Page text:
There is evidence that the Rose was first built with the general entertainments in
mind, particularly animal baiting and traditional forms of drama, and that the new drama which demanded a fixed stage, tiring house (where actors changed their costumes) and frons scenae (performing area) came as a later modification.

I should point out that that this is disputed by some. The first five years of the Rose was a period of frantic development and change, first when a fixed stage was introduced and ending when it became a full version of a purpose-built playhouse after the extensive modifications of 1592. In one building we find the impressions left from this seminal period in the evolution of English drama. The Rose was a crucible of theatre development.

As an aside, to give you an idea that the theatre was not suited at first to the performances of theatrical plays I’ll read to you this amusing if rather chilling account found in Henslowe’s records at Dulwich:
You shall understand of some accidental news here in this town, though myself no witness thereof, yet I may be bold to verify if for an assured truth. My Lord Admiral, his men and players having a devise in their play to tie one of their fellows to a post as to shoot him to death, having borrowed their callyvers [guns] one of the players’ hands swerved, his piece being charged with bullet, missed the fellow he aimed at and killed a child, and a woman great with child forthwith, and hurt another man in the head very sore. How they will answer it I do not study, unless their profession were better, but in Christianity I am very sorry for the chance, but God, his judgements, are not to be searched or enquired of at man’s hands. And yet I find by this an old proverb verified: "There never comes more hurt than comes from fooling."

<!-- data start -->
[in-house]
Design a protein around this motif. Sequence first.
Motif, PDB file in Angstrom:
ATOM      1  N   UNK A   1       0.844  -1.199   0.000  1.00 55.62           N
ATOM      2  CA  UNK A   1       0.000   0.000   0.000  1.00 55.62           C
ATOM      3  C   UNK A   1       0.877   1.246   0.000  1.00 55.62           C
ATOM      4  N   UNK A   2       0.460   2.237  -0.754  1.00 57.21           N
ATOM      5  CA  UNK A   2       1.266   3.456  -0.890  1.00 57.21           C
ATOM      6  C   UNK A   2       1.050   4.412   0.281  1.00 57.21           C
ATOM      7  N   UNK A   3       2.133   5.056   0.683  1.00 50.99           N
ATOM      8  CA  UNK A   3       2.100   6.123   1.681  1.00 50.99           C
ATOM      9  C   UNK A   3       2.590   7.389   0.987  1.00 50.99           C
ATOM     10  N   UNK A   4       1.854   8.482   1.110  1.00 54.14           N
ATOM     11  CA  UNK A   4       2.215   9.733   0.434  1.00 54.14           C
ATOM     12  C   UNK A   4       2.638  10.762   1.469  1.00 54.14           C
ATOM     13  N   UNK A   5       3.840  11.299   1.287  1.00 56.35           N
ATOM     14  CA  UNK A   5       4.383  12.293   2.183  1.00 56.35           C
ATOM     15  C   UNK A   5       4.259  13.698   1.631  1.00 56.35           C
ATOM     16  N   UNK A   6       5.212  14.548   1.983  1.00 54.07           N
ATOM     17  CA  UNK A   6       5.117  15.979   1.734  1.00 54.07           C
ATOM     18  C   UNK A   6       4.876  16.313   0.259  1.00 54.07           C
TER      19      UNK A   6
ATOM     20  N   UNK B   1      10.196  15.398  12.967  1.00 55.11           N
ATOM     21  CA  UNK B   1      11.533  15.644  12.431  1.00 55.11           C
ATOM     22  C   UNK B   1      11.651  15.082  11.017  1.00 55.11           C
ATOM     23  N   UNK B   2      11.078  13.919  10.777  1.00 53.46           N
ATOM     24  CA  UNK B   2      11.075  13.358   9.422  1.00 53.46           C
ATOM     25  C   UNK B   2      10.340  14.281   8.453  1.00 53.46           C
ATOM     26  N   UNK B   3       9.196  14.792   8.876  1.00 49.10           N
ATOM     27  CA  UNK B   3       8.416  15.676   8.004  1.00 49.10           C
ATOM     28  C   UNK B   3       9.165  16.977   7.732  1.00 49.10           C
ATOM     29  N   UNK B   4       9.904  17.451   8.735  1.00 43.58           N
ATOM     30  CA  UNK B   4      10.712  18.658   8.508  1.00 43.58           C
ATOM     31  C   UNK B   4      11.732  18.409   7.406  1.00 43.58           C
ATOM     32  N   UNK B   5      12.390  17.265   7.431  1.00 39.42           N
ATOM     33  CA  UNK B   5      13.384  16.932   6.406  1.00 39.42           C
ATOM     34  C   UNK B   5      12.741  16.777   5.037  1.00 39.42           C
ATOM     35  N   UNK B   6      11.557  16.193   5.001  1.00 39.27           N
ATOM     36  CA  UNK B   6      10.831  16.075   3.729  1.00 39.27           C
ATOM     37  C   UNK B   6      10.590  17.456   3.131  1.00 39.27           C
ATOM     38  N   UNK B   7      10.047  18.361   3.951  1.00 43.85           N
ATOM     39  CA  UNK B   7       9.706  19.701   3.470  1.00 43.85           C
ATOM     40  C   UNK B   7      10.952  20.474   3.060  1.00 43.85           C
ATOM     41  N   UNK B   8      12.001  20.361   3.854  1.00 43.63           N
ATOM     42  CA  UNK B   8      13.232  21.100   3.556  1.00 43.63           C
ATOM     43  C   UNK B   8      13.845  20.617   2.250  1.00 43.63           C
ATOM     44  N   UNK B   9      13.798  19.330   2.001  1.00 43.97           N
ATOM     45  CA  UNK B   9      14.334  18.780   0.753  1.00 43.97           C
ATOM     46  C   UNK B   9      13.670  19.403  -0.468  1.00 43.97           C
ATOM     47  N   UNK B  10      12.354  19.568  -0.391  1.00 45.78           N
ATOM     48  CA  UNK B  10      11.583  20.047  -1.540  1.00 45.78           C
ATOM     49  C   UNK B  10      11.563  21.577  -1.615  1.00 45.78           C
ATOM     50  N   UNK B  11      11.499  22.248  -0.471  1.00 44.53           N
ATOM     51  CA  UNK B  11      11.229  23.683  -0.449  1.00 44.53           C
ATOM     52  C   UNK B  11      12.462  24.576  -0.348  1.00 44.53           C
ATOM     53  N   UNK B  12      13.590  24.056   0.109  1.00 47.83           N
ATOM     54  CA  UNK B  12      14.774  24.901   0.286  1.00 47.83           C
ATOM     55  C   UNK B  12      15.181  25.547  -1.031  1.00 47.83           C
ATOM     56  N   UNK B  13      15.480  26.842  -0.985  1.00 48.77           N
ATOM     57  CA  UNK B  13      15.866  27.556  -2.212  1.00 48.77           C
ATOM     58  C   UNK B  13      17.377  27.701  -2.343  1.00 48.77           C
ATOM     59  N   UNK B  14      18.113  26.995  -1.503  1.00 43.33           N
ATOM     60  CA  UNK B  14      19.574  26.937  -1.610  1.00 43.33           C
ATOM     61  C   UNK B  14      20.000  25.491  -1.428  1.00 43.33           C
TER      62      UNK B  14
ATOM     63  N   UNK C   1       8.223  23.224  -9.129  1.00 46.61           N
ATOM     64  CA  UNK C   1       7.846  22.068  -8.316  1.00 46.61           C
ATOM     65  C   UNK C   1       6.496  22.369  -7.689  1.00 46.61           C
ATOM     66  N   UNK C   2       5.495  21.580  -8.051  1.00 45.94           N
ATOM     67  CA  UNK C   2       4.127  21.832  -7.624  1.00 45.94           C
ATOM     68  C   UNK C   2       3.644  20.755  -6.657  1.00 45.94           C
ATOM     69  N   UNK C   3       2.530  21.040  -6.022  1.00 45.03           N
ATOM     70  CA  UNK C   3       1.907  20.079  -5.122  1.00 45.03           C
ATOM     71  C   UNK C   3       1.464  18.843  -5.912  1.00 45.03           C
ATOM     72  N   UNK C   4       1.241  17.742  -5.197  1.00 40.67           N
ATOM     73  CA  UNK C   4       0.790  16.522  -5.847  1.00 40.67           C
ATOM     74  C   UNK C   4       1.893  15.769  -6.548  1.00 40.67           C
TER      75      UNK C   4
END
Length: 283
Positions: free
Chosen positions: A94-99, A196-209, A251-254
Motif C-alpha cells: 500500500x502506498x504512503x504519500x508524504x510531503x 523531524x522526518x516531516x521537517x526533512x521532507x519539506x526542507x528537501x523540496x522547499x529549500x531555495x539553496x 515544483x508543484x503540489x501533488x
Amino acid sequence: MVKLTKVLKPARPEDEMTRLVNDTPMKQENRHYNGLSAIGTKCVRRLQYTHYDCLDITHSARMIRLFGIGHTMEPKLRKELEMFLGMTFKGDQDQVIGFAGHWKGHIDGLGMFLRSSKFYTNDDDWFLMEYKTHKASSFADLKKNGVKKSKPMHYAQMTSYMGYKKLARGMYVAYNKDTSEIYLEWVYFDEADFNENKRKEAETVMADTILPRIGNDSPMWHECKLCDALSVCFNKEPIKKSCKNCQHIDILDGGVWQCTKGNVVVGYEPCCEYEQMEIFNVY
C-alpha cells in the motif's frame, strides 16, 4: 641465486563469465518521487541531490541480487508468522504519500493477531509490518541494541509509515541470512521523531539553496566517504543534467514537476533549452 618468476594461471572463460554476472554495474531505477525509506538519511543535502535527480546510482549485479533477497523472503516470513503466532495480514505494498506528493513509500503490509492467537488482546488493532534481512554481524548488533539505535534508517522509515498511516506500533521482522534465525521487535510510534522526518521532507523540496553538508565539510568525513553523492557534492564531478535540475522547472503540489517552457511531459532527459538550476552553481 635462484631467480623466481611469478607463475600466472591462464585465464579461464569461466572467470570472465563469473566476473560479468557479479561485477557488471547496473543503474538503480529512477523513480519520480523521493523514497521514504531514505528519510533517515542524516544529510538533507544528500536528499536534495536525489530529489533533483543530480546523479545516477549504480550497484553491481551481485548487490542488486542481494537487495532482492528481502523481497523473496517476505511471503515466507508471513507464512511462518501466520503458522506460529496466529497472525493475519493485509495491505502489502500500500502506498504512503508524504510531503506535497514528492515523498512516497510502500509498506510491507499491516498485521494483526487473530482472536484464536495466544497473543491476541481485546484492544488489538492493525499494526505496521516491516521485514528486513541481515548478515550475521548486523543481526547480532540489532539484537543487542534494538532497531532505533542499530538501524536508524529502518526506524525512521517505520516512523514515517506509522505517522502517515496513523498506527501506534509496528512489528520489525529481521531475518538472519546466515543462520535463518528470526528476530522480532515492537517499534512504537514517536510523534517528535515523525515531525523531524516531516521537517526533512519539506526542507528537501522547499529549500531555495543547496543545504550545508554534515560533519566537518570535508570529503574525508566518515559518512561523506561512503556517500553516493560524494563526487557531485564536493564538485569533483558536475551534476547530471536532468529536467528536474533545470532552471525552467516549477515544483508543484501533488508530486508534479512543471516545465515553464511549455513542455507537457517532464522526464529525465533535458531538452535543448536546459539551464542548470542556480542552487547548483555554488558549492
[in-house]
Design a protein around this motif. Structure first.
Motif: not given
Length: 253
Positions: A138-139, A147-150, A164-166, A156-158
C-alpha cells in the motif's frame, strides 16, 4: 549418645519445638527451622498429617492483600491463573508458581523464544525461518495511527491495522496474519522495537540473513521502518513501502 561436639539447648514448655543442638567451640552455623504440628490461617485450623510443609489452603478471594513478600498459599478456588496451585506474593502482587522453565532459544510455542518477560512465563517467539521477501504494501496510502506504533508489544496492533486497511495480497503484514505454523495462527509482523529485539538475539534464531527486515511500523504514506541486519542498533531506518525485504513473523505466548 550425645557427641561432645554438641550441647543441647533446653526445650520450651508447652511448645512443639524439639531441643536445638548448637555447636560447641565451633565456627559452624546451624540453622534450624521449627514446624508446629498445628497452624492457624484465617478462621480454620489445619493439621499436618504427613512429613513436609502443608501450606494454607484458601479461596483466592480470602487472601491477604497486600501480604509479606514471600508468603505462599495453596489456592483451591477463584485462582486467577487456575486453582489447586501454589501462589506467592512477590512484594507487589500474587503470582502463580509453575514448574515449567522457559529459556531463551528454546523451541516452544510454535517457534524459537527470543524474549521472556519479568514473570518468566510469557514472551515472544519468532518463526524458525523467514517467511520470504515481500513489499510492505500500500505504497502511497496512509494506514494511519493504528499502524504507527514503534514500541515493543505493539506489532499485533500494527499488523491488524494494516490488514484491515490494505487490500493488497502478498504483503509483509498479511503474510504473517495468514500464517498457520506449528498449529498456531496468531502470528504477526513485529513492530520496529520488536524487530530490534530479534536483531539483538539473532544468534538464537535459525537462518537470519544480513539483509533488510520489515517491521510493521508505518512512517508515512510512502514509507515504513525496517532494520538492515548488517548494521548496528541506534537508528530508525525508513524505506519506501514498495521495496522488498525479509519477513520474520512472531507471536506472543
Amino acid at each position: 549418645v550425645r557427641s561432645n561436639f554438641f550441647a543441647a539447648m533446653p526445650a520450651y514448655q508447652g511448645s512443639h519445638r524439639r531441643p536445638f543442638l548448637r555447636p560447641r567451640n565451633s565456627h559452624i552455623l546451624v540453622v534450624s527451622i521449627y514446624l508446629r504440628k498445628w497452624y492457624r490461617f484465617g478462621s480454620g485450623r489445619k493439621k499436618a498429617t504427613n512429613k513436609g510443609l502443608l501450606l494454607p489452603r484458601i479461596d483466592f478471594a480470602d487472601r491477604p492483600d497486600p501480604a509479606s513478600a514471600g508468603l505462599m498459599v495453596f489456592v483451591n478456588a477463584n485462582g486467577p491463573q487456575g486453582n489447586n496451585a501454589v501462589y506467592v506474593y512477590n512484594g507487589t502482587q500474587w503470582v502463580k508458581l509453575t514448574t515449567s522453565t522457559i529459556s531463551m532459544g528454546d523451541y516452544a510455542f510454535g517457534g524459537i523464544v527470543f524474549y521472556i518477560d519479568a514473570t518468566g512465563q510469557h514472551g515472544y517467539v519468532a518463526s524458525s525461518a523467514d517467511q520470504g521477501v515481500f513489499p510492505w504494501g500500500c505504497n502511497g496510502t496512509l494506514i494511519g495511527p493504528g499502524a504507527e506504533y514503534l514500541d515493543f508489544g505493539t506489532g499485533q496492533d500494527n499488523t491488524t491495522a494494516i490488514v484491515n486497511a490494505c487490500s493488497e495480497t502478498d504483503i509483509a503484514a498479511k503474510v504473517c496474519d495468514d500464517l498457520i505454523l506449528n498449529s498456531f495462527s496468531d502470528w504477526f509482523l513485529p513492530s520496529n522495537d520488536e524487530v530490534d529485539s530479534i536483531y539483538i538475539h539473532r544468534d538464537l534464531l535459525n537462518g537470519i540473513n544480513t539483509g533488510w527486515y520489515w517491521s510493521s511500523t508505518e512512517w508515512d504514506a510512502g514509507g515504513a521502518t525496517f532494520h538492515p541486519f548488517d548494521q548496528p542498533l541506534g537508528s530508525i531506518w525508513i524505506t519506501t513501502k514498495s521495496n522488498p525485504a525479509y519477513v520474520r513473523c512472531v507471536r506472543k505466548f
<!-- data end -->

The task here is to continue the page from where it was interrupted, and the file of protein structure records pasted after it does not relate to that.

History has taught us that the Elizabethan Age was a golden age. England enjoyed prosperity and a certain stability. Land values and employment increased. Ships explored foreign lands. Foreign armies and navies, particularly the Spanish, were defeated. Elizabeth matured into a wise, diplomatic, shrewd and popular queen. It is only recently that it has been realised that the momentous events and changes that occurred in the 16th century caused turmoil in the religious and political lives of her citizens, only three million at this time.

After all, in the space of less than a century medieval Catholicism was replaced by modern Protestantism accompanied by the more extreme Puritanism. The link with Rome had begun in 597 with the conversion to Christianity by the mission of St. Augustine. It had been strong ever since. Henry VIII in his dispute with the Pope over his desire to divorce Catherine of Aragon and marry Ann Boleyn in the 1530s solved it by declaring himself the supreme head of the Church of England in place of the Pope. He meant to establish that he was the ultimate authority in his own kingdom.

It is quite likely that he was happy for change to stop there, but for two things. First, in 1536 he had financial problems and these led him to seize the lands, buildings and treasures of the monasteries. Second, there was an influx of new Protestant ideas from the German states, where Martin Luther had defied the Pope and emperor and become a national hero. One’s relation to God was a matter of personal conscience and initiative not determined by the doctrines and superstitious goings-on of the Catholic Church. The ordinary folk was imprisoned by them.

So the dissolution of the monasteries and the Protestant Reformation that followed brought about a fundamental shift in the power structure in England, the rise of a new landed class whose well-being was dependent on the new regime (Henry VIII had sold much of the land of the dissolved monasteries to them) and a state religion. Out of the religious strife, class conflict and eventual civil war the secular Britain as we know it today would evolve.